I told my sister this story the other night - it was one I had forgotten about quite honestly. I have often told stories about lessons in humility and this one is no different. Ignorance is bliss until you do something silly as a result. This is one of those silly times.
My first "real" job was as a sales associate at Corral West Ranchwear. I can't say "Corral West Ranchwear" without hearing the radio commercial in my head, where they sing the store name, crack a whip, and shout, "Yaw!". The store closed at 9:00 p.m. which required me to drop off the night deposit at the bank. Of course, banks aren't open at 9:00 p.m., so you have to use the night drop. I was fresh out of high school and my arrogance would have told you I knew it all. My actions, however, proved otherwise.
I will tell you I had never used the night drop before. I paid cash for everything and was always visiting my credit union during the hours of operation. I didn't own a debit card until my husband forced me to get one after we were married. I didn't even own checks until I moved out and had to pay rent. I paid for everything with cash. I also didn't work a full time job, which allowed me the liberty to withdraw cash from my account during daylight hours. Always.
The first time I ever dropped off the night deposit, I had to make a second lap around the bank before I even found the night drop. I remember thinking, "Oh THAT'S what that metal thing is!" I gently pried the door open before I saw my first challenge - getting the deposit bag to fit between those giant metal grates of the drop drawer.
You're seeing where this is going.
I barely opened the night drop drawer, positioned the bag just so the metal lock would wedge between the metal grates, and worked that drawer open and closed until the bag finally worked its way back and I heard it drop into the collection pit of deposits. It was a chore, a work out, and I started only depositing envelopes when we had large deposits because I knew there was no way all the cash would fit at once in those bulky deposit bags.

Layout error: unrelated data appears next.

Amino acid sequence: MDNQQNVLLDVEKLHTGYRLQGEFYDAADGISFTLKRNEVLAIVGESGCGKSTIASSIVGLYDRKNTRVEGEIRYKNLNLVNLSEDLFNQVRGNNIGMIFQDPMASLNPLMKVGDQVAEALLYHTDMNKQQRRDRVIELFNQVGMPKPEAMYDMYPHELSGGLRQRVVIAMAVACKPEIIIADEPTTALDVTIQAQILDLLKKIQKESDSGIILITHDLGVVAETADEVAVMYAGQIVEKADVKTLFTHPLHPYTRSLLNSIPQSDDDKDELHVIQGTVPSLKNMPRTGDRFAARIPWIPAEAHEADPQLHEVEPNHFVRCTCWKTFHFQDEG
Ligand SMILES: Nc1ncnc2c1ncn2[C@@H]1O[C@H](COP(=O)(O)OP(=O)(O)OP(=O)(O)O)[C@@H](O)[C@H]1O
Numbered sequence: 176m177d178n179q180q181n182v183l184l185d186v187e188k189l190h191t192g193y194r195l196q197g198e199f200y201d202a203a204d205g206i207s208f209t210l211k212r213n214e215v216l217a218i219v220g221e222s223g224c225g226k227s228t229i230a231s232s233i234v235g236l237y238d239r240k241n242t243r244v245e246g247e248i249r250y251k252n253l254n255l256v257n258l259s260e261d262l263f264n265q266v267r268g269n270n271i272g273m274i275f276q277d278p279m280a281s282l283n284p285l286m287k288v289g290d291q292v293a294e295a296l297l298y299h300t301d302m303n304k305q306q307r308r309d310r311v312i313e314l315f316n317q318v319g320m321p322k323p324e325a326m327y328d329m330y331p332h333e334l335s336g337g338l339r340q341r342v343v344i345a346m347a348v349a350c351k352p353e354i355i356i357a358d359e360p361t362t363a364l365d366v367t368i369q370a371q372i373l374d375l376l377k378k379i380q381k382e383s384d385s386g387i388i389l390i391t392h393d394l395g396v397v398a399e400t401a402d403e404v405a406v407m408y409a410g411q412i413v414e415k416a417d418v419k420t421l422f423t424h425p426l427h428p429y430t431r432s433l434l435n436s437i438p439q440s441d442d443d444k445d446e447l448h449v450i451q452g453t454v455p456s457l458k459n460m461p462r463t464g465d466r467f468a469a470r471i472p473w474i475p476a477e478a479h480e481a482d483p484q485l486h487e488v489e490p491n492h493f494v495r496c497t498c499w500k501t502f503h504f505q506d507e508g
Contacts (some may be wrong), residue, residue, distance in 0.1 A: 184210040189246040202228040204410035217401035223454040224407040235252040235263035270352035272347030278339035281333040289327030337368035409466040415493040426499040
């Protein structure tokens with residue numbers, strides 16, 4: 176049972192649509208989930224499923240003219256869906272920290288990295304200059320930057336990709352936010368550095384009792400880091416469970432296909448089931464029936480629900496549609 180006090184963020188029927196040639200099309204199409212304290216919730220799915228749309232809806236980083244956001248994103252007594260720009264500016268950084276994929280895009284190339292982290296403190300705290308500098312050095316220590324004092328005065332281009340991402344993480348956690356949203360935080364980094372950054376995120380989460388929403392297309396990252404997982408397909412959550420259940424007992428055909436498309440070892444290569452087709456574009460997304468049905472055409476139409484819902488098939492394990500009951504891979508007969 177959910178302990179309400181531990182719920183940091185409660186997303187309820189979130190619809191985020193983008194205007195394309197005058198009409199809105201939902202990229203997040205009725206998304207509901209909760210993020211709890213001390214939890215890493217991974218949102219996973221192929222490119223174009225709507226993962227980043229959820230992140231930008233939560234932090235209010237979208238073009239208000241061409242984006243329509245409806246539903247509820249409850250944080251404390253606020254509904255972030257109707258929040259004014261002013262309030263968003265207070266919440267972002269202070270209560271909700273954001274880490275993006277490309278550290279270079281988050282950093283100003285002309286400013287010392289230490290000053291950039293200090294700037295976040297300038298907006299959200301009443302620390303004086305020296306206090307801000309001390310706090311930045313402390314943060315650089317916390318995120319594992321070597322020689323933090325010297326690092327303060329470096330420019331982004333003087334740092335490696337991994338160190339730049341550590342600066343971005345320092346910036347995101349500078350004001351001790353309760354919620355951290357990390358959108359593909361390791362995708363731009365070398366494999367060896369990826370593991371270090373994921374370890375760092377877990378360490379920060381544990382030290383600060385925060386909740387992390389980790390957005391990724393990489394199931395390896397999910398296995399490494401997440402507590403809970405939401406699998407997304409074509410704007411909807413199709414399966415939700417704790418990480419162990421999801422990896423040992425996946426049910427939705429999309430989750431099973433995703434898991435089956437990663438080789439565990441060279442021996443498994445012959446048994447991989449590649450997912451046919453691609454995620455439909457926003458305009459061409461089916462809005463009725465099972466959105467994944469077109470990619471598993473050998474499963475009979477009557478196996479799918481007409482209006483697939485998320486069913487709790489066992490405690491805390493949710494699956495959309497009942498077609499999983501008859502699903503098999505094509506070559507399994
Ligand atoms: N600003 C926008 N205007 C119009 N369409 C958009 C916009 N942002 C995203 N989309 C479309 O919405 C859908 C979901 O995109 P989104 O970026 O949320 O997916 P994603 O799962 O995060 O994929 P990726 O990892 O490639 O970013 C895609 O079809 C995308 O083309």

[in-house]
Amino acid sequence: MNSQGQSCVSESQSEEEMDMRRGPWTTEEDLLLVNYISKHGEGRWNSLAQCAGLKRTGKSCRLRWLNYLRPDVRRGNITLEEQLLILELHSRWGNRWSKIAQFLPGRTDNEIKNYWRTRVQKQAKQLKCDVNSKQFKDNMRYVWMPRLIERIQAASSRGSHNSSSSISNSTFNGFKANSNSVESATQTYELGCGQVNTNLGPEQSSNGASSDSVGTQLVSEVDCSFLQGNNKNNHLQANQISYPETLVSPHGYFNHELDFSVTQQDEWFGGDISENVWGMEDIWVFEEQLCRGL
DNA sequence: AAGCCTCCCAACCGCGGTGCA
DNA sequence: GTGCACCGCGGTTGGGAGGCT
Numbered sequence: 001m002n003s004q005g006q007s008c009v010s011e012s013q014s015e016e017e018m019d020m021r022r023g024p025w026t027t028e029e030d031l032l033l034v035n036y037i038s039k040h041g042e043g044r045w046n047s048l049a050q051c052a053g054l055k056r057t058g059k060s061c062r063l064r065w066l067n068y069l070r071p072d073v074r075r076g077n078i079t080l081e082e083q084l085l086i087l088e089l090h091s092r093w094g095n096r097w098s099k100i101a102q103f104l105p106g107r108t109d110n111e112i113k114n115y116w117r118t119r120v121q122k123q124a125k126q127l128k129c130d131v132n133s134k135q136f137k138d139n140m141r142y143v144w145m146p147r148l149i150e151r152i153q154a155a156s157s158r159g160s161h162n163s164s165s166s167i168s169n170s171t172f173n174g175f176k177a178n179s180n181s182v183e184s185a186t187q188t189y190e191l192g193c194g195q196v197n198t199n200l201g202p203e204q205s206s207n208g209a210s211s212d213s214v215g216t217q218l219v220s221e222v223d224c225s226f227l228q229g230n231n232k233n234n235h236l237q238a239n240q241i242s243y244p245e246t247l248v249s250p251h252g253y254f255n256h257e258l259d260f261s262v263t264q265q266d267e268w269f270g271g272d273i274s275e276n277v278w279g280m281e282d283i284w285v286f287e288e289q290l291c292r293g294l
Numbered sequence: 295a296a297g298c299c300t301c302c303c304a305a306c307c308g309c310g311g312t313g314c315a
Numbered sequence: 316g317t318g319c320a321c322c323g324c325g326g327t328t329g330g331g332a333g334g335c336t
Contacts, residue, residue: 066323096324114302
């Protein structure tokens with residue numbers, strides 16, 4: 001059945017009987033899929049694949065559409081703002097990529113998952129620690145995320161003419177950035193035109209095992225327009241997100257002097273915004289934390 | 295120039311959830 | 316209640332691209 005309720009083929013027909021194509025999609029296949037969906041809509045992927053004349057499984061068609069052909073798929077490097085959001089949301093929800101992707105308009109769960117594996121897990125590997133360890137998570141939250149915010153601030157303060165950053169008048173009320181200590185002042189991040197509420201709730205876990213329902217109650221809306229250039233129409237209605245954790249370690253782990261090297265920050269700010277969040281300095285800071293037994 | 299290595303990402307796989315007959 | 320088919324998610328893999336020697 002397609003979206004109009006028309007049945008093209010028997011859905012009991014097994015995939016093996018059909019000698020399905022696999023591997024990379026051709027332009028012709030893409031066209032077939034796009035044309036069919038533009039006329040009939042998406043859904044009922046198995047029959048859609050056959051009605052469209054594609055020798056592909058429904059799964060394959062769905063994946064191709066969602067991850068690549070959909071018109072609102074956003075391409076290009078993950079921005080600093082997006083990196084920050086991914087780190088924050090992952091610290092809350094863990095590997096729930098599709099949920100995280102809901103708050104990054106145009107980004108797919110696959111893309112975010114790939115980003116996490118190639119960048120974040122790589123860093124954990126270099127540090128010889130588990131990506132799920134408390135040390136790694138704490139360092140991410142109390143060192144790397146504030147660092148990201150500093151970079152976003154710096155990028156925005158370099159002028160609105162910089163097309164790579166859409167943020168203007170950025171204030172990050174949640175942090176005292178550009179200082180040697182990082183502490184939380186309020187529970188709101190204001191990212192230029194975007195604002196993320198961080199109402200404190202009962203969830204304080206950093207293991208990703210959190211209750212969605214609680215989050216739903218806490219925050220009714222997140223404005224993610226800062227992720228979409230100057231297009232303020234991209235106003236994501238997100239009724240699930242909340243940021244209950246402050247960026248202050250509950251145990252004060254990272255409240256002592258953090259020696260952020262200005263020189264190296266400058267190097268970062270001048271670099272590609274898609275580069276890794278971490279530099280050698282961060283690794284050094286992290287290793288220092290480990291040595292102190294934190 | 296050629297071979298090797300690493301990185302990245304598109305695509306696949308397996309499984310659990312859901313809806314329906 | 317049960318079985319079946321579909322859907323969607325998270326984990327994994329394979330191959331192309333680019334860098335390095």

I did this every night for several weeks.
One night I was doing the deposit and I accidentally opened the door further than I ever had before. There before me was a genius concept. An actual compartment for deposit bags! The metal grates were a safety feature to guard against robberies, and here I was thinking they were some teeth-feeding mechanism to get the deposits inside. Heaven help me, NO ONE TOLD ME THIS! I was so relieved to have found an easier and more practical way to do the deposit. The right way. Who knew?!
I then developed the habit of making the deposit, and opening the drawer a second time to make sure it had dropped so no one would be able to reach into the compartment and take it out. One night shortly after this new-found ritual, I was pulling out of the parking lot when I was suddenly surrounded by three cop cars.
Three. Cop cars. Police. Surrounding me.
One officer approached me, flashlight in hand, shining it directly into my eyeballs. He moved it down to see my name tag (emblazoned with "Corral West Ranchwear")and asked me what my name was. In case I was a hard-core criminal who was only pretending to work at a western clothing store.
"What are you doing here, Val?"
"I just dropped off our deposit from work."
"Corral West...I just...the top of the hill...I wasn't...is something wrong?"
"Yes. The bank alarm was tripped."
My first thought was, "OH MY GAWSH, someone was trying to rob the bank while I was making my deposit!!" I was alarmed to say the least (pun intended). Scared out of my mind. I remember sitting in the driver's seat and looking around expecting to see a would-be robber lurking in the bushes.
I had to wait for him to confer with the other officers before he would move his car and let me continue my very humble journey home. I was cleared. I wasn't going to jail. I didn't even have to bribe him with a discount on Wranglers.
Then I realized, and I'm shamed to admit it was hours later, when I opened the deposit drop door the second time I REALLY opened it, with all my might to make sure it was really empty. Then I let it slam shut. It was me. I had tripped the alarm. There was never a robber. Only a naive 18 year old who didn't know how to work a drawer. A drawer, people.
Thankfully I work at a bank now, so if I need to make a deposit or withdrawal, I can do it all during hours of operation. Like it should be done. No metal alarm traps necessary.